you are the best,thank you so much.

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19 Sourav Mukherjee August 29, 2013 at 6:52 am

It’s really very nice. we can learn more things from this website. Thank you

Reply

20 Lora Artiola September 22, 2013 at 9:00 am

Hi Melanie, im very keen to improve my English specially my grammar and pronunciation. Do you offer one on one online tutorial?

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21 .ae September 23, 2013 at 3:54 pm

hello teacher…Some words that look like
present participles are actually
prepositions or regular adjectives.
For example, while loved, mitigated,
rewarding, and fulfilling are
participles.but i have a problem in understanding of these participles in sentences.please give example of sentences in which these participles are used..and explain also thats meaning..

Reply

Melanie 22 Melanie September 25, 2013 at 7:31 pm

Hello,

You are correct that present participles can be used as adjectives:
boring
interesting
exciting

Can you give me an example sentence where you saw a present participle as an adjective and you didn’t understand it?

Adjectives that end in -ing usually describe something or someone:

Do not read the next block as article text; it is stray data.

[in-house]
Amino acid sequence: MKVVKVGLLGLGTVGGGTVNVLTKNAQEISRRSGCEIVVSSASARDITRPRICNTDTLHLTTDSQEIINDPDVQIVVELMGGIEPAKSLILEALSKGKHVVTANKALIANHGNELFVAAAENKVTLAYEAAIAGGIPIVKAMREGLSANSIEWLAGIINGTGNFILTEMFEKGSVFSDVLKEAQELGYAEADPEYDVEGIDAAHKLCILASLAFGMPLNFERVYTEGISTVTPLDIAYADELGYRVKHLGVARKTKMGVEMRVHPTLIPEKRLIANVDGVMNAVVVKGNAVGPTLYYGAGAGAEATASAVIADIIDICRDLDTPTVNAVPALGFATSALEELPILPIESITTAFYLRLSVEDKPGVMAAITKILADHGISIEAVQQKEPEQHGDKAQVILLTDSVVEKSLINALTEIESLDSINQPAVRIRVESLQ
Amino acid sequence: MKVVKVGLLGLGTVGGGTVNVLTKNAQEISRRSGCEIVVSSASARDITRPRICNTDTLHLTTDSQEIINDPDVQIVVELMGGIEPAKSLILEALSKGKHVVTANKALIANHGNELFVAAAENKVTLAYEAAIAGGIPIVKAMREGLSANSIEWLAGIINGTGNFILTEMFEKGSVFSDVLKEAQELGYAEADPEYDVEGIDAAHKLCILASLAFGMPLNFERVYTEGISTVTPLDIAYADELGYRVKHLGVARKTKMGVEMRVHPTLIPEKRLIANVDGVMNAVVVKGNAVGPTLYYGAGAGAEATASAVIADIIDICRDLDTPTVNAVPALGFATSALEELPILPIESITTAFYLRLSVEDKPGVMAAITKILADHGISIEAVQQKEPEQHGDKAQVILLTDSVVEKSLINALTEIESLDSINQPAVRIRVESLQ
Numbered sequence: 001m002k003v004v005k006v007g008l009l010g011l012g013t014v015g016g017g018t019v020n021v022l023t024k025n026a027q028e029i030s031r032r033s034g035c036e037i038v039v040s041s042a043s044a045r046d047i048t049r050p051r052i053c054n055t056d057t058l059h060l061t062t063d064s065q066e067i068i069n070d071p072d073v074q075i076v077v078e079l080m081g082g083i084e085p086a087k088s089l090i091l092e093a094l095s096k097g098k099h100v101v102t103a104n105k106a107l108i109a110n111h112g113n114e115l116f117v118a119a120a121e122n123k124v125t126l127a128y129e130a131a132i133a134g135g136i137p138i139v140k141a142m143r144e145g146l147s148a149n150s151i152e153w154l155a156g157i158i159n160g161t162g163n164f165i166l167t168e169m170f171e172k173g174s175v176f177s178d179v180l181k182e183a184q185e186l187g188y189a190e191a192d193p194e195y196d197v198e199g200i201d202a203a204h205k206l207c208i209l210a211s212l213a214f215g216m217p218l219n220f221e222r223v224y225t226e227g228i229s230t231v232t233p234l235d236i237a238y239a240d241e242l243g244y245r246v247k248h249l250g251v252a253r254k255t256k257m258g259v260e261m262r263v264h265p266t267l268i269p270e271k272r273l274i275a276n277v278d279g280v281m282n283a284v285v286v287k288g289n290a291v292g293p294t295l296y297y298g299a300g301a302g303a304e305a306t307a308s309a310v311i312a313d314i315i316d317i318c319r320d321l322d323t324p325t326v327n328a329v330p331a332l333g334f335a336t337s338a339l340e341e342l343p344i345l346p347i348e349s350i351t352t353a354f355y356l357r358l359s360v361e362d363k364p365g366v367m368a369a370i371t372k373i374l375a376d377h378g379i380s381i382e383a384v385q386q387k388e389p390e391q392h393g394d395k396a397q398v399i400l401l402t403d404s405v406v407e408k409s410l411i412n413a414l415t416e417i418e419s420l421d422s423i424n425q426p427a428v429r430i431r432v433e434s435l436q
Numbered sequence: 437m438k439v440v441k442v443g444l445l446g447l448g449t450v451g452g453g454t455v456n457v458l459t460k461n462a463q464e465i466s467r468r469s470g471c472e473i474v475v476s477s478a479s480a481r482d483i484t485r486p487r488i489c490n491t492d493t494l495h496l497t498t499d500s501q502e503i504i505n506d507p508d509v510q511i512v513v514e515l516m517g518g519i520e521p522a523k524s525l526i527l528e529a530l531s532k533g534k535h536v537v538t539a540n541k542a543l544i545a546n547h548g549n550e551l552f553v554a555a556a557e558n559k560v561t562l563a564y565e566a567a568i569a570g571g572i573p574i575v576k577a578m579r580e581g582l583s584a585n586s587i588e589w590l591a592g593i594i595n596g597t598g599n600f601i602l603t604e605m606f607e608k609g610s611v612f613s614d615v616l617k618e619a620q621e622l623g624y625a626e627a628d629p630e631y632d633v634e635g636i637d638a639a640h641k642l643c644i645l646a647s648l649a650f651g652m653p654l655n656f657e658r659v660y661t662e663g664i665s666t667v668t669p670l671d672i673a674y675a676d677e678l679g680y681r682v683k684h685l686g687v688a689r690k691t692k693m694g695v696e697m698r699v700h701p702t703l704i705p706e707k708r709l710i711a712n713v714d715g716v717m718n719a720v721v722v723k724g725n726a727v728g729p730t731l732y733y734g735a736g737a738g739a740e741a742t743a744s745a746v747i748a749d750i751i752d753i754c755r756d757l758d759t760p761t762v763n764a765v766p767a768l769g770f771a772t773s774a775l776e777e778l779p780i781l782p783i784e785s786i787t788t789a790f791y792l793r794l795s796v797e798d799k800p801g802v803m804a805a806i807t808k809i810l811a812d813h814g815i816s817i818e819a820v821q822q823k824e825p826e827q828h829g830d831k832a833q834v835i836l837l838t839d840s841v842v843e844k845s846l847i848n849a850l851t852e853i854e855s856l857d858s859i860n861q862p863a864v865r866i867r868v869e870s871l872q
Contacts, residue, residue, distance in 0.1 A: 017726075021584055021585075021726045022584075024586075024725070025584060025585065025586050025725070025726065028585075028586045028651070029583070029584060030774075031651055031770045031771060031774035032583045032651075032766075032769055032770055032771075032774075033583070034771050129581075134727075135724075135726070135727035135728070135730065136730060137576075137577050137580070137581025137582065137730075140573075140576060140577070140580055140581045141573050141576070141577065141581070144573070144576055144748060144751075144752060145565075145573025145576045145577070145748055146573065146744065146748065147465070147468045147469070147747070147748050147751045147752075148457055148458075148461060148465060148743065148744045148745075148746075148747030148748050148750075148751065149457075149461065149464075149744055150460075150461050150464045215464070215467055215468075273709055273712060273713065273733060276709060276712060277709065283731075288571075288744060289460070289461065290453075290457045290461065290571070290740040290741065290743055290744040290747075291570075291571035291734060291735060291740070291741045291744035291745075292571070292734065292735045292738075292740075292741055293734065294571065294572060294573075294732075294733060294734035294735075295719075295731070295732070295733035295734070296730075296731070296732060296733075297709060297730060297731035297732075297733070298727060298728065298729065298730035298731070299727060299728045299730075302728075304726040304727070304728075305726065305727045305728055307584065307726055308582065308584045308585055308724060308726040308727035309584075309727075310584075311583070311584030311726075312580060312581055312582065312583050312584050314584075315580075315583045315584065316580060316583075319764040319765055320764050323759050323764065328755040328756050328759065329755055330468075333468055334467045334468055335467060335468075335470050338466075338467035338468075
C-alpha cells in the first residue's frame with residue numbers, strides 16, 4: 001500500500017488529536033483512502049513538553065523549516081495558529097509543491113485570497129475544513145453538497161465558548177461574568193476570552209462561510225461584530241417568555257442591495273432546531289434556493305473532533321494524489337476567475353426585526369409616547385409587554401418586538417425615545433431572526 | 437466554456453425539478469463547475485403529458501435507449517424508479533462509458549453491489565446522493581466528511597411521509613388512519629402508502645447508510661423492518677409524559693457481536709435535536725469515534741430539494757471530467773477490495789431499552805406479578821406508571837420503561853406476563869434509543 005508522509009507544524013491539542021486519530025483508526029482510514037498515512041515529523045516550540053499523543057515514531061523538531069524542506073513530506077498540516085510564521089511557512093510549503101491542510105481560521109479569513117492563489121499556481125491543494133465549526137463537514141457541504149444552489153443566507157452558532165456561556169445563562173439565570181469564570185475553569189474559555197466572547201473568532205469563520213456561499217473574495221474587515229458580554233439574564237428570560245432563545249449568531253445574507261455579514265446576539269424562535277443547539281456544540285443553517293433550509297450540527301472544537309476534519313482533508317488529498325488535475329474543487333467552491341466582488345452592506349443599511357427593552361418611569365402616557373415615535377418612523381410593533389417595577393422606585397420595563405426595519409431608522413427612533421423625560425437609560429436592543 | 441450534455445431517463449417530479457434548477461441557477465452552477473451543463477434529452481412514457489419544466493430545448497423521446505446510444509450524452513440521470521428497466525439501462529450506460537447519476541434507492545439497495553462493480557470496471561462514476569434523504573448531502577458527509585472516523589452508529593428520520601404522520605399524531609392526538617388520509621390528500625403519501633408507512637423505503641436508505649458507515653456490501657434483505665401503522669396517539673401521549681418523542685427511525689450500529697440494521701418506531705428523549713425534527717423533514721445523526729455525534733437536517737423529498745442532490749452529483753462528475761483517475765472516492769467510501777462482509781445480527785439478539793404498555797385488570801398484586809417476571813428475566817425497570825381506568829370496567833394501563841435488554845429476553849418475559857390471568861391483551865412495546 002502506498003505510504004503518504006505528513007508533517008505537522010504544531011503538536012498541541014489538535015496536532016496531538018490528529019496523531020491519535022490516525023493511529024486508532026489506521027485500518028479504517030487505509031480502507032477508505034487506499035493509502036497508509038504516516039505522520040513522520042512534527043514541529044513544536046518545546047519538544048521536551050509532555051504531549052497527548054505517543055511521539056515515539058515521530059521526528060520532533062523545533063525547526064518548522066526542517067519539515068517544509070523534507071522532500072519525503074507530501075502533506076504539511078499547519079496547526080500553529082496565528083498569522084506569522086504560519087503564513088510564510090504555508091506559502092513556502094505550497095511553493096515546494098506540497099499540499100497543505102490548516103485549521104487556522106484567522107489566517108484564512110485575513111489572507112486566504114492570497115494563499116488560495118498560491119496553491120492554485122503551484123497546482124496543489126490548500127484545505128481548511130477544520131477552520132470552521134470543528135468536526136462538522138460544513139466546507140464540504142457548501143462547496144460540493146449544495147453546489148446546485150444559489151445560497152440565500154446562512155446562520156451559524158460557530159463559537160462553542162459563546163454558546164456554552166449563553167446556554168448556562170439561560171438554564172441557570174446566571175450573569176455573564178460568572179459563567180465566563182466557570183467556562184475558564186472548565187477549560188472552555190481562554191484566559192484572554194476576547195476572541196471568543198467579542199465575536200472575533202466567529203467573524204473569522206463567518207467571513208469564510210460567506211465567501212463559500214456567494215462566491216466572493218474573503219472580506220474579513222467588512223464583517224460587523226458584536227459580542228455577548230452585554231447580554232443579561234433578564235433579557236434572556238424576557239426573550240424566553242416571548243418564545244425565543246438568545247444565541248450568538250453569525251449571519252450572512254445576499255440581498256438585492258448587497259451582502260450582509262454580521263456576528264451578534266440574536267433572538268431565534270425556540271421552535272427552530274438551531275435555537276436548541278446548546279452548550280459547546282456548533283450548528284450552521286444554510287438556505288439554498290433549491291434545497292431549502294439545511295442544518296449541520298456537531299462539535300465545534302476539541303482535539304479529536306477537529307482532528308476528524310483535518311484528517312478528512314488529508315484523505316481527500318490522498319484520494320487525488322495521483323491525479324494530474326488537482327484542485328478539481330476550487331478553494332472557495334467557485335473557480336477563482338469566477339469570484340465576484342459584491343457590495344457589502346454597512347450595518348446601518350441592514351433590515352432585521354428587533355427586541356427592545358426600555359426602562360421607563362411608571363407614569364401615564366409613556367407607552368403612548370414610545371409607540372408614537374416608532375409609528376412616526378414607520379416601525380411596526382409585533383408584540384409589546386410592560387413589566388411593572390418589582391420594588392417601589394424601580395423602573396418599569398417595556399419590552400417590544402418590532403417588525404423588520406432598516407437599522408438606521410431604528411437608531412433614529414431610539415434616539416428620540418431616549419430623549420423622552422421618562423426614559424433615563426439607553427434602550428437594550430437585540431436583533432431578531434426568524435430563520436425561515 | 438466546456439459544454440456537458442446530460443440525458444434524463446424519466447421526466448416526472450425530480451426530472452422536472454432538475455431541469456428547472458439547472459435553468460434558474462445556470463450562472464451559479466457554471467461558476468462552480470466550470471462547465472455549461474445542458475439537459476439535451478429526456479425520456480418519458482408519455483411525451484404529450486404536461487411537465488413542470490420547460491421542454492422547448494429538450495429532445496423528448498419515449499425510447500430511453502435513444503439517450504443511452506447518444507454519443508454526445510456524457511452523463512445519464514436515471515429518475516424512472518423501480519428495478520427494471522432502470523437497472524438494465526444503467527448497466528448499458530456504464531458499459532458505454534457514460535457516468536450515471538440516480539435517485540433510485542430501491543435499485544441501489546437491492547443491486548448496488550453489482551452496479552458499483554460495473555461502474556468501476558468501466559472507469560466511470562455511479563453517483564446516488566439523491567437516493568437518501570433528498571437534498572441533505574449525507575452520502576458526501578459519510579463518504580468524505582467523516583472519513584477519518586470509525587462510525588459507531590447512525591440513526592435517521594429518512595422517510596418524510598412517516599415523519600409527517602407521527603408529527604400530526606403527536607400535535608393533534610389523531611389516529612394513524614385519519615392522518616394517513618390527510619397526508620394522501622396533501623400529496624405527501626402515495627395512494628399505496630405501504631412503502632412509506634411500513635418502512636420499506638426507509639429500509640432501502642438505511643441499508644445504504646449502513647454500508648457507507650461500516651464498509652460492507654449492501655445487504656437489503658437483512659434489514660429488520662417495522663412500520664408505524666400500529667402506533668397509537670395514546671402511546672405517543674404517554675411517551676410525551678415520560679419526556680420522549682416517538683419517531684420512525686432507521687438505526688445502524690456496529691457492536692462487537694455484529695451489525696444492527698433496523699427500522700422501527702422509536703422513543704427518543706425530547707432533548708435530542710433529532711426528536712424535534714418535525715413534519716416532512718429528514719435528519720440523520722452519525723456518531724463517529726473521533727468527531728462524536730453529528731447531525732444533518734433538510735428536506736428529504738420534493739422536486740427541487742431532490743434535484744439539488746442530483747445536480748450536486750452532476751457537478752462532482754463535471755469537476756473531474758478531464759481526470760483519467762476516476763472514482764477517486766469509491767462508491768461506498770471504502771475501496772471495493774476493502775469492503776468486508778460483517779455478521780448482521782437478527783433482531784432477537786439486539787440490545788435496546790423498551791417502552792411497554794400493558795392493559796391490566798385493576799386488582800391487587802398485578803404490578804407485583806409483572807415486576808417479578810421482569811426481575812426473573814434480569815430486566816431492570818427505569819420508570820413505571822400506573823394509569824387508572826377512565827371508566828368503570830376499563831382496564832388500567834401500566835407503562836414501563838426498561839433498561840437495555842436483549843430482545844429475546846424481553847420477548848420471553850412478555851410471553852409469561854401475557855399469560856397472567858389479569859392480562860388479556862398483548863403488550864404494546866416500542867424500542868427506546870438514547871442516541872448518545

“He is an interesting person.”
“She has a very exciting life.”
“My job is very rewarding.”

= )

Reply

23 .ae September 25, 2013 at 11:22 pm

thank you very much teacher..I got it.teacher please use these participle “while loved, mitigated” in any sentence and give me explain what it mean when it is used in sentences as participle not as
adjective.if you give me explain,i will be greatful to you.

Reply

Melanie 24 Melanie September 26, 2013 at 3:55 pm

Hello ae,

I have no idea how to use the phrase “while loved, mitigated” in a sentence. I don’t know what that phrase means! Where did you see the phrase “while loved, mitigated”?

Reply

25 .ae September 26, 2013 at 9:15 am

teacher actully i have main problem in above question in “while loved” because of the word “while” used with loved. So i could not understand how to use it and what its mean when it is used in sentences as participle.

Reply

Melanie 26 Melanie September 26, 2013 at 4:26 pm

Hello ae,

What is the actual sentence where you read ‘while loved’? It’s easier to explain in context.

It could mean, “While people really love this item, ….”

= )

Reply

27 M.T Raza October 3, 2013 at 4:13 am

Please be kind enough to help me how to identify parts of speech of a sentence.

Thank you,
Raza

Reply

28 Marie March 22, 2014 at 8:51 pm

Hello Melanie,

I am a native french speaker, I have been learning English for so many years but my English is still very broken, It is hard on me, and my career, I will like to make it right, I would like to sound professional. I don’t know if you can help to reach my goal. I am very smart but so time because of my English, I am not able to present my idea. I need your help please…

Marie